We spoke with producer Kyle West, who broke down the pivotal role Andre Harrell played in constructing Al B. Sure!’s classic debut album In Effect Mode.
In 1986, a gifted visionary named Andre Harrell began laying the foundation for a new record label — one that would change the direction of music and culture.
At the time, Harrell already had minor success as an artist. He was part of a flamboyant rap duo called Dr. Jeckyll & Mr. Hyde, alongside partner Alonzo Brown. The duo released two minor hits in the early 80s, “Genius Rap” and “A.M./P.M,” which was produced by pioneer Kurtis Blow. In 1985, Dr. Jeckyll & Mr. Hyde released their only album, The Champagne of Rap. It was a commercial disappointment, selling less than 100,000 copies, and the two rappers disbanded. Both went to the business side of music to make their impact. Harrell would join Russell Simmons’s Rush Management, working with talent like Whodini and Run-DMC. (Brown would go on to have a high-ranking role at Cold Chillin’ Records.)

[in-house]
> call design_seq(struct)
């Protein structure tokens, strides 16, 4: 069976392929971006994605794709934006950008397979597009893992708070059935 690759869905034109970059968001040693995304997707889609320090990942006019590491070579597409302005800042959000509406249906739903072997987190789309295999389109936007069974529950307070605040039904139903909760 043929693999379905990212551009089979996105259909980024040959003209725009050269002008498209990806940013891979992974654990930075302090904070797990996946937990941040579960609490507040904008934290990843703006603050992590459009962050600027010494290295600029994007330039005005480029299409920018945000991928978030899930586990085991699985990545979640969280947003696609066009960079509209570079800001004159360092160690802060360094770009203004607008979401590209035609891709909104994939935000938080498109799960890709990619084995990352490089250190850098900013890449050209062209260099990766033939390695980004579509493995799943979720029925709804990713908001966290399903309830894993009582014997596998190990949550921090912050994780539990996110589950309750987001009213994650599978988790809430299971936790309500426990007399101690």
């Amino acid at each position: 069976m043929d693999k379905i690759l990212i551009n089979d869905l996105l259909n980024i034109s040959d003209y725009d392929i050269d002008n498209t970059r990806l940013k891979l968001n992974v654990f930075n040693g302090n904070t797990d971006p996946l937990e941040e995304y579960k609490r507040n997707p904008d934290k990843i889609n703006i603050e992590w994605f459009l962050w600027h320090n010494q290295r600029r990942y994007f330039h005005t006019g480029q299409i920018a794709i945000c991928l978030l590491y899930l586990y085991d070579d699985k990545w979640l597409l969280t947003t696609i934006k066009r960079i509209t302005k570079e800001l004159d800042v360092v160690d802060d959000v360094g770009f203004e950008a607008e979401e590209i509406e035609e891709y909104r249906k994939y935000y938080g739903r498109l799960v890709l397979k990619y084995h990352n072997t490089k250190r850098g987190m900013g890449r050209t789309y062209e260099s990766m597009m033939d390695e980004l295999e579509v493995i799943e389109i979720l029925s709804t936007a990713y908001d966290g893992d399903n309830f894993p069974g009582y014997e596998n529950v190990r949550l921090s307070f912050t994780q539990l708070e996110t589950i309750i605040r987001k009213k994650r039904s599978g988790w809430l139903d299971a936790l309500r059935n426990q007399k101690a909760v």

So, when Harrell launched Uptown Records in 1986, the 25-year-old record executive, was already a vet. With Uptown, Harrell sought to bring a groundbreaking sound to the forefront of not only black culture but pop culture. He wanted to center his label around Black people who enjoyed a flashy, fun lifestyle. While searching for talent, he signed his first protégé, Heavy D. & the Boyz, who were from Mount Vernon, New York. The group would eventually kick off the Uptown reign by leading off the Uptown Is Kickin’ It compilation album.